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    oldgeezersmoker

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    @dfo, very true,but I find such things as the explanations of the various family relationships, which were admittedly extraordinarily important in that era, to be tough sledding regardless of who is doing the explaining

    Posted 5 months ago #
  27. cortezattic

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    The Big Picture by Sean Carroll. This treatise on poetic naturalism isn't up to his previous works on the Higgs boson, and the quest for a theory of time. Hopefully, his next book (I think it's on quantum theory) will be better.

    I find myself sitting idly on the line dividing past and future,
    as if I could kill time without injuring eternity. -- Thoreau
    Posted 5 months ago #
  28. sittingbear

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    +1 Orthodoxy
    +1 Screwtape Letters (I thought this one was hilarious)
    +++1 The Brothers Karamozov (Probably my favorite book. Definitely top 3.)

    Boy, there are some folks with great literary taste on this site, in addition to good taste in tobacco!

    Currently reading a couple of textbooks on St. Paul.

    Posted 5 months ago #
  29. dukdalf

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    "Erebus" by Michael Palin. Highly recommendend if you're into maritime history. Well researched and very entertaining writing. Before that, "The End" by Ian Kershaw. He deals with the question why the Germans kept on fighting after June of 1944, when to almost all concerned it was pretty obvious they had lost the war.

    Posted 5 months ago #
  30. ashdigger

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    dukdalf, thanks for the recommend. I just downloaded it.

    Posted 5 months ago #
  31. trouttimes

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    Complete works of Sherlock Homes

    Posted 5 months ago #
  32. 5star

    5star

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    The Bear and the Nightingale - a novel set in Medieval Russia in the winter. Quite different than what I usually read. It's mood matches the snow and 8F temperature here outside

    "You are remembered for the rules you break." - General Douglas MacArthur
    Posted 5 months ago #
  33. johnbrody15

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    The Odyssey -- Decided I need to familiarize or re familiarize myself with the classics. I'm doing the Cliff notes on this one because I want the breakdown of the story, characters, and themes, without all the readin' and stuff. Maybe I'll revisit the actual text to get a glimpse of the art of the actual writing.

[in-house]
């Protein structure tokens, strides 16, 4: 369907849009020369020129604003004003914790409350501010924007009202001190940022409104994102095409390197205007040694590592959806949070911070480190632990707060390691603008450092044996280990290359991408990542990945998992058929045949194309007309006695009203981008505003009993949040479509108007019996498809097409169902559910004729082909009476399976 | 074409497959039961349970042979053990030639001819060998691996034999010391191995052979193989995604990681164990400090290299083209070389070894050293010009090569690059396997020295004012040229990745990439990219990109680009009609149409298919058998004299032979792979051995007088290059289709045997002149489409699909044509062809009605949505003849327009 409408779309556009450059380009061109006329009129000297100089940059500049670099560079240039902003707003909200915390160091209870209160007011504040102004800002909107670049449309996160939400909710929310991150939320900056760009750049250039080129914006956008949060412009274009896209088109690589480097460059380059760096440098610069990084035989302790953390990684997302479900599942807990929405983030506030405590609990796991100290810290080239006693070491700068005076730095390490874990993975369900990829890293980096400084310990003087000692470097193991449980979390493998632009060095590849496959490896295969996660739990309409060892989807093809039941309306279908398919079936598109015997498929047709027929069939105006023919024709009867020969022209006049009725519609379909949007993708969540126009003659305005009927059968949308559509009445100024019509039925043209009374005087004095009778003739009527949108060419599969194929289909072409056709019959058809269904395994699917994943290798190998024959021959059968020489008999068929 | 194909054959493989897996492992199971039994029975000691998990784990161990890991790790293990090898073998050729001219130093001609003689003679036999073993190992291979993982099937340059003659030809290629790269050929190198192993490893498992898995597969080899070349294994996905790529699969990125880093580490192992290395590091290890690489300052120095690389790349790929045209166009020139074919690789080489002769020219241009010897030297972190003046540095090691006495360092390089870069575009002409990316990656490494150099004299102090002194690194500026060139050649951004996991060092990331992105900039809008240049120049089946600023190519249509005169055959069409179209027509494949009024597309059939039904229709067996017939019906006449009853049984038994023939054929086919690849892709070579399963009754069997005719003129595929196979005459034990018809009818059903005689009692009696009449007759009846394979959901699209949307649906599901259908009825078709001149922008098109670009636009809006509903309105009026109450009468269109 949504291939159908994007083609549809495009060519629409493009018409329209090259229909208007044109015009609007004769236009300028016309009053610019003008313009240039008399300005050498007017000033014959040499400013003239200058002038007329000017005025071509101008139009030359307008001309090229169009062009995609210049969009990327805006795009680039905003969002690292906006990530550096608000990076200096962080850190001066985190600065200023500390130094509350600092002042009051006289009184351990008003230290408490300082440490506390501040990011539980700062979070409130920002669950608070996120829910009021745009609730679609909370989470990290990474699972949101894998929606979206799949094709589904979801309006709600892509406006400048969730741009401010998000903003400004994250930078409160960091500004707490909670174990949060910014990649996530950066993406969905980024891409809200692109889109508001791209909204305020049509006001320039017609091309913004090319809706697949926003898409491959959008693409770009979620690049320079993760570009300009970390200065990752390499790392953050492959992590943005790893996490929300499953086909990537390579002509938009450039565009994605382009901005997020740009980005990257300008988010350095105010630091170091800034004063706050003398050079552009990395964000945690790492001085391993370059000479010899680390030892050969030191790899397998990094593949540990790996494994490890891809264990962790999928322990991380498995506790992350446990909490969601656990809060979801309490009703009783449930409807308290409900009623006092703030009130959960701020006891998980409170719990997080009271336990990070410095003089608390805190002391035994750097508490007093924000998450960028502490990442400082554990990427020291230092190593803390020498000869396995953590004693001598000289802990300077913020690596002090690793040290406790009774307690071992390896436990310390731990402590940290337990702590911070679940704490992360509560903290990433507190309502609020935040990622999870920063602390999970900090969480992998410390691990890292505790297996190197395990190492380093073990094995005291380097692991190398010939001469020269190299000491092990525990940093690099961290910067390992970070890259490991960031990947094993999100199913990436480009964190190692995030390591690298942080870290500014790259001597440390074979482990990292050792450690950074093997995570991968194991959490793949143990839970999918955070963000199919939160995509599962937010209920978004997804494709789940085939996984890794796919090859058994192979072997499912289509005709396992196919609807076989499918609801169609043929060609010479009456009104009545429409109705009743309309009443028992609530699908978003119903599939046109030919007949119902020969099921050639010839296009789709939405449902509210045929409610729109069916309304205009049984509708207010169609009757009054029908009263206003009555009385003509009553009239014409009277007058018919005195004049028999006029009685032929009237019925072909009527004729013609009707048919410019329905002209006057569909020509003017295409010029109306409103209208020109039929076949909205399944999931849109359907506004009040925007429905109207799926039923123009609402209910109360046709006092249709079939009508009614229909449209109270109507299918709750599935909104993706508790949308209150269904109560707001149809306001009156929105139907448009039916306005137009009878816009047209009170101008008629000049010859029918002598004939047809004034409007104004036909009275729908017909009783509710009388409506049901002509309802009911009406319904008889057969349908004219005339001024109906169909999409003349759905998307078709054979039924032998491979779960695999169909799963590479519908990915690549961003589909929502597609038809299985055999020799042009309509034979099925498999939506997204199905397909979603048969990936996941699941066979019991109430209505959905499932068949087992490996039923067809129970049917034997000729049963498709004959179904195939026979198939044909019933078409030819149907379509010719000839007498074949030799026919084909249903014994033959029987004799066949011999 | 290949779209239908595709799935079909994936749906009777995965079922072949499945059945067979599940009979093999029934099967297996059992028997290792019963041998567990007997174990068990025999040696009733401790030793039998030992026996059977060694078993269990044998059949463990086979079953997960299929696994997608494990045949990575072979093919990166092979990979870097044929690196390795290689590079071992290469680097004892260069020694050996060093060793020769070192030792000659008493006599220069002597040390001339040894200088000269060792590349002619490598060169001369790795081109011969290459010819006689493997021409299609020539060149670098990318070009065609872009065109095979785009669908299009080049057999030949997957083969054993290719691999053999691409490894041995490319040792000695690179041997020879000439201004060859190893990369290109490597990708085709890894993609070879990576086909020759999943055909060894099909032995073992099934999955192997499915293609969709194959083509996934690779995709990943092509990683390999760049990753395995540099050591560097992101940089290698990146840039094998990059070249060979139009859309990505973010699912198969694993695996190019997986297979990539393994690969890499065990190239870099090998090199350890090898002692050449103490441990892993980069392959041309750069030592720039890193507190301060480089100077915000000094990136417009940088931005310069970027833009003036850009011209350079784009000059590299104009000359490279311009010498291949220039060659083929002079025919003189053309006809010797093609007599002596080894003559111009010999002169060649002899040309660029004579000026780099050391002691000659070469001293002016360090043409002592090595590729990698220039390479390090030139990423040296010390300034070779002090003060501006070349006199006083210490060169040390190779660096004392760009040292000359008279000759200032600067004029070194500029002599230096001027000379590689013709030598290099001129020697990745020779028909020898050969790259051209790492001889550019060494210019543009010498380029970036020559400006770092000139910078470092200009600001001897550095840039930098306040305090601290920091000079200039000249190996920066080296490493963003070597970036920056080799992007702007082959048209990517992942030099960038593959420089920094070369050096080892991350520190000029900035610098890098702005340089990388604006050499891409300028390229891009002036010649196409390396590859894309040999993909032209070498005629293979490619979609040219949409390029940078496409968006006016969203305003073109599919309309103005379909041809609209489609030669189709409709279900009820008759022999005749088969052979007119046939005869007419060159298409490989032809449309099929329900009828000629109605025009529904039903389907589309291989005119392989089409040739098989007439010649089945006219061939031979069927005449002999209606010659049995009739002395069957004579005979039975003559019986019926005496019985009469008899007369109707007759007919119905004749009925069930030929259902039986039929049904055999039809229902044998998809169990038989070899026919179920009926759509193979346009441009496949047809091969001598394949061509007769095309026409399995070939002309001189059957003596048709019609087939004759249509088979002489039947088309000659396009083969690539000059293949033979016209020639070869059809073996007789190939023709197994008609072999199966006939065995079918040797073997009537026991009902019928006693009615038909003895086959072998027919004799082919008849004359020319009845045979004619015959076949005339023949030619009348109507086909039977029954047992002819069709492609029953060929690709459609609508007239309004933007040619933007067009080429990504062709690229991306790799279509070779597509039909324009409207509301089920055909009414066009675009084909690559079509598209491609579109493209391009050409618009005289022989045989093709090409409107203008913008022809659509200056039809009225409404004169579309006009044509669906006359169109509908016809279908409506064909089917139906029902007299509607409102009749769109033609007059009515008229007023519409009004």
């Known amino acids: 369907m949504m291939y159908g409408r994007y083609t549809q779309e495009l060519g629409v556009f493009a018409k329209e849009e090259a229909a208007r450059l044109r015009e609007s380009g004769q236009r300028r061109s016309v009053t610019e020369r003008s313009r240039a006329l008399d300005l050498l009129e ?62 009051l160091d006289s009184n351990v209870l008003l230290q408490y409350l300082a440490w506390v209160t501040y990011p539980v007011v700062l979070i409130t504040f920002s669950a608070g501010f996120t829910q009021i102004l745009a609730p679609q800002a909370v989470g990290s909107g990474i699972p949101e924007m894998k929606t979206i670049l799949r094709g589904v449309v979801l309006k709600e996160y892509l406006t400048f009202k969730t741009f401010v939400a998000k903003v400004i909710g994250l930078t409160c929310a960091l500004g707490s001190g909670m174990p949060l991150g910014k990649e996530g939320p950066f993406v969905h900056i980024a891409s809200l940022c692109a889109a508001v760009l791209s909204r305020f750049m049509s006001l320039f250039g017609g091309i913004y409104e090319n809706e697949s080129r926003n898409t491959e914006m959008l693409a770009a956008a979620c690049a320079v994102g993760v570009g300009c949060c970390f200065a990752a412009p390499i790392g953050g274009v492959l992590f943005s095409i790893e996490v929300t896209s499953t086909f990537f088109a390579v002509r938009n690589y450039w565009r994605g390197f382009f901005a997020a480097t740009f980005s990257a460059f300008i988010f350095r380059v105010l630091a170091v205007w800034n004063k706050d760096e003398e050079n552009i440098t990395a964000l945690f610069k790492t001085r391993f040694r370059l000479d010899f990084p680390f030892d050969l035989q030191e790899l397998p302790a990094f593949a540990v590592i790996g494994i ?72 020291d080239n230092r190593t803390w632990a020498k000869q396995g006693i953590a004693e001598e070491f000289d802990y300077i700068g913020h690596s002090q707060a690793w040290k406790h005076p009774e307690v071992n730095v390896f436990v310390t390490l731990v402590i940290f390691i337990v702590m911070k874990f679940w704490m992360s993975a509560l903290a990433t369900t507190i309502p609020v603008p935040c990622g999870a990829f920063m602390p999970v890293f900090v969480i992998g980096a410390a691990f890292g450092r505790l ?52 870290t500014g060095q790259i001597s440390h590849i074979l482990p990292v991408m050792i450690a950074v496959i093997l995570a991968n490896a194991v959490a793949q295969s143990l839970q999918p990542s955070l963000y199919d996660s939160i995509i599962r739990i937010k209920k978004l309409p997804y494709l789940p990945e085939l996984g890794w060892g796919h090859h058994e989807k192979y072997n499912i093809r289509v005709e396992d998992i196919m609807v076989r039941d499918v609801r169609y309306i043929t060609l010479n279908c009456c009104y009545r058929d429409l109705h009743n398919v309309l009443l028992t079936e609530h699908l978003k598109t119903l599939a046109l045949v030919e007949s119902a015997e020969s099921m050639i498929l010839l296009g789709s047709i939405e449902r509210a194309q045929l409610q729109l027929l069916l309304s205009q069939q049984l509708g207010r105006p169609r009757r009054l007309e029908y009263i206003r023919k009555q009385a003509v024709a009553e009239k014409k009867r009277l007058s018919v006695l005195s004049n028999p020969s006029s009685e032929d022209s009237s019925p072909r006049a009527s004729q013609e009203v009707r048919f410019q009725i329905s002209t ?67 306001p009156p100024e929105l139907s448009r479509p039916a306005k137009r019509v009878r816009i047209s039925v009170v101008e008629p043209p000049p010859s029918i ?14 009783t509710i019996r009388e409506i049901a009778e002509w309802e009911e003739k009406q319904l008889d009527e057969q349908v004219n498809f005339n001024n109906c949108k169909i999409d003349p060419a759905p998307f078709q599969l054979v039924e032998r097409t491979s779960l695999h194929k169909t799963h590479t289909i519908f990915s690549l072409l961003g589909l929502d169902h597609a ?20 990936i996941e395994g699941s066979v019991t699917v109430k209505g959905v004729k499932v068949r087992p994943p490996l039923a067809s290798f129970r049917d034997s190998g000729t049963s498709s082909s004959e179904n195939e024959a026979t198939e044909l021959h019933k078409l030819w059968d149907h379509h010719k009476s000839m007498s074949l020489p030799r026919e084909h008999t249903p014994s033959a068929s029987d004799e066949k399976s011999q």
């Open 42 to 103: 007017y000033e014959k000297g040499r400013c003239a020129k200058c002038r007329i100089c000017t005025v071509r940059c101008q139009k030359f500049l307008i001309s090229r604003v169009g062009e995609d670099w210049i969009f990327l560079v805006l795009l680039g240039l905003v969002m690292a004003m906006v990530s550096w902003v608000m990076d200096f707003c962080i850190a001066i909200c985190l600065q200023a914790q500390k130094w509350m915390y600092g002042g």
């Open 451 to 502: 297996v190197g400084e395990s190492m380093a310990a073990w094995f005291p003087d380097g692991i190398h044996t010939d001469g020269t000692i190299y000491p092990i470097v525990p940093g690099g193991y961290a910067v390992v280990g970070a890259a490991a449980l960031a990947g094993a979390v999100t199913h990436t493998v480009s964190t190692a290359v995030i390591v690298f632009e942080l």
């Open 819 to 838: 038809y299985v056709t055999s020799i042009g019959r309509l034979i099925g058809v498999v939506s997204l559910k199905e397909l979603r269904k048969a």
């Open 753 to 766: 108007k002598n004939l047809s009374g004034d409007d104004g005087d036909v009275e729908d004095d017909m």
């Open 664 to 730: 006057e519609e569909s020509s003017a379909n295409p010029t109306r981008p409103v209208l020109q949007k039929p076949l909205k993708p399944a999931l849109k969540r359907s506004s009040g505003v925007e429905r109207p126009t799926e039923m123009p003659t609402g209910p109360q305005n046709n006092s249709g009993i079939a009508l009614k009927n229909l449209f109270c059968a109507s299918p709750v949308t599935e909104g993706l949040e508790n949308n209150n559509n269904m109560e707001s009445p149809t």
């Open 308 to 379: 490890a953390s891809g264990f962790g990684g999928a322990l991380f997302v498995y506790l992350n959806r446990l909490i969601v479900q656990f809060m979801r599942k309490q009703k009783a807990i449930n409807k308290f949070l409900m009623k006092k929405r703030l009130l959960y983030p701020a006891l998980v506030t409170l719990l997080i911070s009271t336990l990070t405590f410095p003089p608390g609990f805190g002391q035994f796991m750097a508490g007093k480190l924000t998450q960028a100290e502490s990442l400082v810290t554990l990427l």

Posted 5 months ago #
  34. cortezattic

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    The Order Of Time, a non-technical book by theorectical physicist Carlo Rovelli,
    who's in the Loop Quantum Gravity camp -- as opposed to string theory.

    Posted 5 months ago #
  35. autumnfog

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    A collection of Van Gogh letters.

    Posted 5 months ago #
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    mau1

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    I finished "Shake Hands with the Devil: the Failure of Humanity in Rwanda" by General Romeo Dallaire.

    He was the Force Commander of the United Nations Assistance Mission for Rwanda prior to and during the 1994 genocide.

    A heavy read. I could only read so much at a time.

    “I've been treating you with courtesy and respect because that's the way I choose to treat everyone. But never, ever mistake kindness with weakness.”
    ― Louise Penny, Still Life
    Posted 5 months ago #
  37. diamondback

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    I’m on book 12 of the military history fiction series of “Marching With Caesar” by R. W. Peake. I’m also going through the Great Lecture series on the complete history of Rome. Historical Military fiction (or factual) reading is my usual genre when sitting outside and sipping a pipe.